But I never debated that It was about the simplification of anti aliasing filter. I agreed with you on that from the start. Yes, if you are trying to make me say that with Delta sigma you'll have more than 22.1k or reproduction has the limit Nyquist impose, no, I don't think that, I am just saying that Nyquist frequency on a Delta Sigma is not half the sample rate, that's all, and by sample rate, I mean the rate it samples, not the file it produces to store on your medium. Now if you don't see two different methods or concept, maybe you are misreading the paper? They are related, sure, but they are different methods.
 
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pkane

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I am just saying that Nyquist frequency on a Delta Sigma is not half the sample rate, that's all
Ok, maybe I'm missing something, but that's the definition of oversampling: it's increasing the original sampling rate, one that satisfied the Nyquist criterion. Why is this even a discussion, then?

Now if you don't see two different methods or concept, maybe you are misreading the paper? They are related, sure, but they are different methods.
Who ever said that they are the same method? I've written a PCM to DSD converter (and DSD to PCM), so I know a little about the differences between the two. I still have no idea what you're trying to say and how any of it applies to the OP analysis.
 

PeteL

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Ok, maybe I'm missing something, but that's the definition of oversampling: it's increasing the original sampling rate, one that satisfied the Nyquist criterion. Why is this even a discussion, then?
Yep, I am starting to wonder why is it even a discussion.
Who ever said that they are the same method?
Pkane: -When it says 'Nyquist' vs 'non-Nyquist' they are talking about two different sampling rates (original vs. oversampled), not two different methods or concepts.
Those are your words
Well Taking an amplitude sample on 16 or 24 bits resolution at a twice the bandwith rate and Encoding the delta in a handful of bits at many times that rate, are two concepts, two method...
 
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pkane

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Yep, I am starting to wonder why is it even a discussion.

Pkane: -When it says 'Nyquist' vs 'non-Nyquist' they are talking about two different sampling rates (original vs. oversampled), not two different methods or concepts.
Those are your words
Well Taking an amplitude sample on 16 or 24 bits resolution at a twice the bandwith rate and Encoding the delta in a handful of bits at many times that rate, are two concepts, two method...

And completely unrelated to this topic, so what is your point?
 

PeteL

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And completely unrelated to this topic, so what is your point?
You are the one that brought Nyquist in the discussion, not me!
My point was that bringing the core PCM/Nyquist basic theory suggested that there was no benefit of sampling at higher sample rate than twice bandwith. I was just saying that the test you made don't demonstrate that, And I was putting a counter example to that, noting that all modern DACS output samples at a higher rate than that, in a different form. That's all.
 
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PeteL

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Sorry, you’re confused and now we’re going in circles. Either post something related to the topic that’s worth discussing or stop trolling this thread.
Edited my post for some clarity...
 

Matias

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Great test, thanks @pkane. I wonder how the results would be with a widely popular upsampler library like SoX, does the Delta Null also show extremely low level differences?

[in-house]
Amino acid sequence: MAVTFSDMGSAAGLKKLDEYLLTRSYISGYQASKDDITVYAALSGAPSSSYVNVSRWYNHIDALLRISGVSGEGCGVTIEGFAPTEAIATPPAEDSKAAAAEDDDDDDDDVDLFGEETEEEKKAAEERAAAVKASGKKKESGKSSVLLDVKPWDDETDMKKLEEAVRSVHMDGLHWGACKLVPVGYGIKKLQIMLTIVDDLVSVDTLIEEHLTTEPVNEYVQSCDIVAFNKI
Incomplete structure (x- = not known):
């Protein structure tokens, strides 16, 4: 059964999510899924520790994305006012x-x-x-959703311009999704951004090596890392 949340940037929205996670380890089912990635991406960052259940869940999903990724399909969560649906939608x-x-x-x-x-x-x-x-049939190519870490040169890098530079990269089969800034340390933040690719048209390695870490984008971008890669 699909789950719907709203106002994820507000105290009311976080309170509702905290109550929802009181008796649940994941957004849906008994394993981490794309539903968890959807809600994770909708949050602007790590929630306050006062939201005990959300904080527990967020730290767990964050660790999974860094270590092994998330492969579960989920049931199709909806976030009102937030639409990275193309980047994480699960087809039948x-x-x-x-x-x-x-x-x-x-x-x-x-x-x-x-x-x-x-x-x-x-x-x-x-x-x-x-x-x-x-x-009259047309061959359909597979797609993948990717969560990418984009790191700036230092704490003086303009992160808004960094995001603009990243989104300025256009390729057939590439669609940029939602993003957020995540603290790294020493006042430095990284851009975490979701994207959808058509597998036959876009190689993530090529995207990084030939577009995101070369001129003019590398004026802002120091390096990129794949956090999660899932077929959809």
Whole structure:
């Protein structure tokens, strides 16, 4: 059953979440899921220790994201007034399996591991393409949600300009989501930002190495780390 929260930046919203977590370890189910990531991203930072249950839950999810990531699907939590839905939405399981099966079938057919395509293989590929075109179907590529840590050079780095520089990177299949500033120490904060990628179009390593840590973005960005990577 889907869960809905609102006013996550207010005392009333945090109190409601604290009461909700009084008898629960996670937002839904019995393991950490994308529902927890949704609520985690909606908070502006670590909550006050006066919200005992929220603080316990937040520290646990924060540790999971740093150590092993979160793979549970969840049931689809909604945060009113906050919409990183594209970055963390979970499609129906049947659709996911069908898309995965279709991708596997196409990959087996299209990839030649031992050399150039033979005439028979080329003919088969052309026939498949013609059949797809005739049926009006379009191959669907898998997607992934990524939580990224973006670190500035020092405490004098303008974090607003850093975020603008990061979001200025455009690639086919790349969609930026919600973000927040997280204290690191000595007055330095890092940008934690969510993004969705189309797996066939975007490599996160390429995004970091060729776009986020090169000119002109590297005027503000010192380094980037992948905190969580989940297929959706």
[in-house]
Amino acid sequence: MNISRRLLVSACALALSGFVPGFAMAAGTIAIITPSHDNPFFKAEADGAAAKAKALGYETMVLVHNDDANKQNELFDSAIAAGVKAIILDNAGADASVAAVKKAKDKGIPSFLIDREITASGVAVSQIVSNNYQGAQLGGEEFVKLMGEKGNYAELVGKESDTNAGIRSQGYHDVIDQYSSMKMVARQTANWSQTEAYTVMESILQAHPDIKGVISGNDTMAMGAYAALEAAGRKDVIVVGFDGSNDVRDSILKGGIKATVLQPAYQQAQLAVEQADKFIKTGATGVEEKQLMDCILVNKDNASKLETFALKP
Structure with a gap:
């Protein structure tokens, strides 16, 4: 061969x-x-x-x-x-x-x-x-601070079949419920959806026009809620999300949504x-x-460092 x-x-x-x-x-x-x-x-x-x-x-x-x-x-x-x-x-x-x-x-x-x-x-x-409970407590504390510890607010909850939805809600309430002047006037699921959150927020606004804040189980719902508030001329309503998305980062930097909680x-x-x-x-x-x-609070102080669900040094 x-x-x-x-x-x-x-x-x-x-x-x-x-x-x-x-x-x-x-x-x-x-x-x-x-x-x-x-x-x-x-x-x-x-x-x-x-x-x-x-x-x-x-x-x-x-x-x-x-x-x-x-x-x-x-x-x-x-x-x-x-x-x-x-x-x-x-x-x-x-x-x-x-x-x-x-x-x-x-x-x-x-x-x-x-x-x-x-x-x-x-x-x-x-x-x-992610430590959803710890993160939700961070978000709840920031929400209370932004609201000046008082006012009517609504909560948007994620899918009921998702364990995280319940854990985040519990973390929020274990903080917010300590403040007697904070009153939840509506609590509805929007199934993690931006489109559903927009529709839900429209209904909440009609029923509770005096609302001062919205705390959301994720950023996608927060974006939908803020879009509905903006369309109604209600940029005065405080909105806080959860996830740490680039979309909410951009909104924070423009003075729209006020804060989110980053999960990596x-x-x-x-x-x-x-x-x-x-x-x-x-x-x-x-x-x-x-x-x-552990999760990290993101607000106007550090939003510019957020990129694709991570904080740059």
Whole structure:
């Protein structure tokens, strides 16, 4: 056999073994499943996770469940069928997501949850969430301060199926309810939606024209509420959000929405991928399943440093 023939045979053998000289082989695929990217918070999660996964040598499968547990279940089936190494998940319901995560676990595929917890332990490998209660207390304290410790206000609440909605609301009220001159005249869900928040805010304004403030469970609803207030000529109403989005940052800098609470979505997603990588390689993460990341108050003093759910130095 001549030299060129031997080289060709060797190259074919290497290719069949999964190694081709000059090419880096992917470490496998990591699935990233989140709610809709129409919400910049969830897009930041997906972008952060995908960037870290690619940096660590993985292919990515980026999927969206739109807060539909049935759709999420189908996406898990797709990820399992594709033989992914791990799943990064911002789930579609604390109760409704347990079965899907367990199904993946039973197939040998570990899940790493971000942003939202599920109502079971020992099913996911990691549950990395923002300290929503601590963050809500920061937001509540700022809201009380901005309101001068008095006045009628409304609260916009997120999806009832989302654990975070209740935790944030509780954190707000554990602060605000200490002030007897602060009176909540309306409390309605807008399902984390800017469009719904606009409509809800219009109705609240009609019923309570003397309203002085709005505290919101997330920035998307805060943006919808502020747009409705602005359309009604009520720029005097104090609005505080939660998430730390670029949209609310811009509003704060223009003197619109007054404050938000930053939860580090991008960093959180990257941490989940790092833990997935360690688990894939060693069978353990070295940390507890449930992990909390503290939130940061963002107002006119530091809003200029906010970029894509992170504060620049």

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pkane

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Great test, thanks @pkane. I wonder how the results would be with a widely popular upsampler library like SoX, does the Delta Null also show extremely low level differences?

Worth a try. I'm not a sox user, so maybe someone can do that test, or let me know the best parameters to try to upsample from redbook to 705.6k/24 or 32 bit and I can try it here.
 

danadam

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Worth a try. I'm not a sox user, so maybe someone can do that test, or let me know the best parameters to try to upsample from redbook to 705.6k/24 or 32 bit and I can try it here.
Practically?
Code:
sox INPUT OUTPUT rate 705600
Probably doesn't make sense to aim for better noise rejection than 16 bit.

But I guess we don't care about practicality :) Then one of those:
Code:
sox INPUT -b32 OUTPUT rate 705600
sox INPUT -b32 OUTPUT rate -v 705600
sox INPUT -b32 OUTPUT rate -s 705600
depending which tradeoffs one prefers:
full.png

zoom.png
 
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pkane

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Great test, thanks @pkane. I wonder how the results would be with a widely popular upsampler library like SoX, does the Delta Null also show extremely low level differences?

Here's the comparison of the same upsample from PGGB used in OP to the same track upsampled by SoX to 705.6k/64 bit:

Code:
sox -D -v0.9 input.flac -b64 output.wav rate -v 705600

RMS of the difference is -152dB / -199dBA (DeltaWave was -187dB/-204dBA):

1677604761953.png


Time-domain difference (null) file:
1677604899589.png


Spectrum of the null file:
1677604986016.png


So, DeltaWave upsample result is closer to PGGB than SoX with -v option, but overall, the difference is still completely inaudible and well below 23 bits.
 
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Matias

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Thanks! So the difference around -140 dB is below what even the most high end DACs can resolve.
 
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pkane

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Oh, I didn't know about that. But the internal processing still seems to be 32 bits only.

Since DeltaWave uses 64-bit FP internally, I thought it would be better to have SoX generate the 64-bit samples.

Now that you mention it, the small difference between DeltaWave and SoX upsamplers is likely due to the higher precision of calculations in DW as it uses 64-bit calculations throughout.